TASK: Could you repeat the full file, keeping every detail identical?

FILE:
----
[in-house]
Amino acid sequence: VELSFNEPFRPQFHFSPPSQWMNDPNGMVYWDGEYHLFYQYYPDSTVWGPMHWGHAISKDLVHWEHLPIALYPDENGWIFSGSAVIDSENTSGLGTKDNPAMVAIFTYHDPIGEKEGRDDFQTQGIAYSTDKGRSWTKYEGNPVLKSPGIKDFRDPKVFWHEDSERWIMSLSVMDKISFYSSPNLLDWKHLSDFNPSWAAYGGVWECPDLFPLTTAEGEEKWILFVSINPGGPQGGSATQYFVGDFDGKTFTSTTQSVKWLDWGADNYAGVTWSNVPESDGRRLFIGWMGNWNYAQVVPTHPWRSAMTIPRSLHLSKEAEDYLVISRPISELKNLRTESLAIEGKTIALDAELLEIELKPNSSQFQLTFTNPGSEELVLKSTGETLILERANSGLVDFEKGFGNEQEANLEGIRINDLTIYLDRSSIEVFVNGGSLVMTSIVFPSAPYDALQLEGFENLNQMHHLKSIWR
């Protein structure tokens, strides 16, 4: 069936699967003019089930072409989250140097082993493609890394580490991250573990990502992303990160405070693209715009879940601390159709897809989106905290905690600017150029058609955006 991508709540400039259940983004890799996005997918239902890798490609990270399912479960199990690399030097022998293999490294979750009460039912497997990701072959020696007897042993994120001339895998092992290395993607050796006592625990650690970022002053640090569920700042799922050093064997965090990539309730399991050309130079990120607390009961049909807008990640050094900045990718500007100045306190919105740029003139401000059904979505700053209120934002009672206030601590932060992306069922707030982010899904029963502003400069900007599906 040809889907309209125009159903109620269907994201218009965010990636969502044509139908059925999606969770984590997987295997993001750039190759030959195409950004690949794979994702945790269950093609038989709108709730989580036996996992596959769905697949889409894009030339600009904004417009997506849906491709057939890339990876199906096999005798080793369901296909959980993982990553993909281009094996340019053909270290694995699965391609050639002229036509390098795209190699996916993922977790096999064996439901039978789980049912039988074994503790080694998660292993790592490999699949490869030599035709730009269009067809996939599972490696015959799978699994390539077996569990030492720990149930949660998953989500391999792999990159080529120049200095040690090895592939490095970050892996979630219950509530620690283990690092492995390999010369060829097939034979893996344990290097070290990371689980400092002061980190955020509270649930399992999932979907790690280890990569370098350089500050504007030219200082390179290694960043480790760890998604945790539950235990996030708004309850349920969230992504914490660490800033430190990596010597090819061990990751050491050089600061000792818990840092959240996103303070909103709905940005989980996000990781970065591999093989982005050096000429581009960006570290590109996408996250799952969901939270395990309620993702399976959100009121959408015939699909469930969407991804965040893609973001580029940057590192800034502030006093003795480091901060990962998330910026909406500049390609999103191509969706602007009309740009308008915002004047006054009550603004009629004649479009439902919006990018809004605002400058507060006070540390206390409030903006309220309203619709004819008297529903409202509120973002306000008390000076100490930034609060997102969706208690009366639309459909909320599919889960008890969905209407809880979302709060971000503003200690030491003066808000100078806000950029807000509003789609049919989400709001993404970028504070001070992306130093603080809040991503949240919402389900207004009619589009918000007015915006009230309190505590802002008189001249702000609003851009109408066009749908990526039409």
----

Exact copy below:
[in-house]
Amino acid sequence: VELSFNEPFRPQFHFSPPSQWMNDPNGMVYWDGEYHLFYQYYPDSTVWGPMHWGHAISKDLVHWEHLPIALYPDENGWIFSGSAVIDSENTSGLGTKDNPAMVAIFTYHDPIGEKEGRDDFQTQGIAYSTDKGRSWTKYEGNPVLKSPGIKDFRDPKVFWHEDSERWIMSLSVMDKISFYSSPNLLDWKHLSDFNPSWAAYGGVWECPDLFPLTTAEGEEKWILFVSINPGGPQGGSATQYFVGDFDGKTFTSTTQSVKWLDWGADNYAGVTWSNVPESDGRRLFIGWMGNWNYAQVVPTHPWRSAMTIPRSLHLSKEAEDYLVISRPISELKNLRTESLAIEGKTIALDAELLEIELKPNSSQFQLTFTNPGSEELVLKSTGETLILERANSGLVDFEKGFGNEQEANLEGIRINDLTIYLDRSSIEVFVNGGSLVMTSIVFPSAPYDALQLEGFENLNQMHHLKSIWR
């Protein structure tokens, strides 16, 4: 069936699967003019089930072409989250140097082993493609890394580490991250573990990502992303990160405070693209715009879940601390159709897809989106905290905690600017150029058609955006 991508709540400039259940983004890799996005997918239902890798490609990270399912479960199990690399030097022998293999490294979750009460039912497997990701072959020696007897042993994120001339895998092992290395993607050796006592625990650690970022002053640090569920700042799922050093064997965090990539309730399991050309130079990120607390009961049909807008990640050094900045990718500007100045306190919105740029003139401000059904979505700053209120934002009672206030601590932060992306069922707030982010899904029963502003400069900007599906 040809889907309209125009159903109620269907994201218009965010990636969502044509139908059925999606969770984590997987295997993001750039190759030959195409950004690949794979994702945790269950093609038989709108709730989580036996996992596959769905697949889409894009030339600009904004417009997506849906491709057939890339990876199906096999005798080793369901296909959980993982990553993909281009094996340019053909270290694995699965391609050639002229036509390098795209190699996916993922977790096999064996439901039978789980049912039988074994503790080694998660292993790592490999699949490869030599035709730009269009067809996939599972490696015959799978699994390539077996569990030492720990149930949660998953989500391999792999990159080529120049200095040690090895592939490095970050892996979630219950509530620690283990690092492995390999010369060829097939034979893996344990290097070290990371689980400092002061980190955020509270649930399992999932979907790690280890990569370098350089500050504007030219200082390179290694960043480790760890998604945790539950235990996030708004309850349920969230992504914490660490800033430190990596010597090819061990990751050491050089600061000792818990840092959240996103303070909103709905940005989980996000990781970065591999093989982005050096000429581009960006570290590109996408996250799952969901939270395990309620993702399976959100009121959408015939699909469930969407991804965040893609973001580029940057590192800034502030006093003795480091901060990962998330910026909406500049390609999103191509969706602007009309740009308008915002004047006054009550603004009629004649479009439902919006990018809004605002400058507060006070540390206390409030903006309220309203619709004819008297529903409202509120973002306000008390000076100490930034609060997102969706208690009366639309459909909320599919889960008890969905209407809880979302709060971000503003200690030491003066808000100078806000950029807000509003789609049919989400709001993404970028504070001070992306130093603080809040991503949240919402389900207004009619589009918000007015915006009230309190505590802002008189001249702000609003851009109408066009749908990526039409």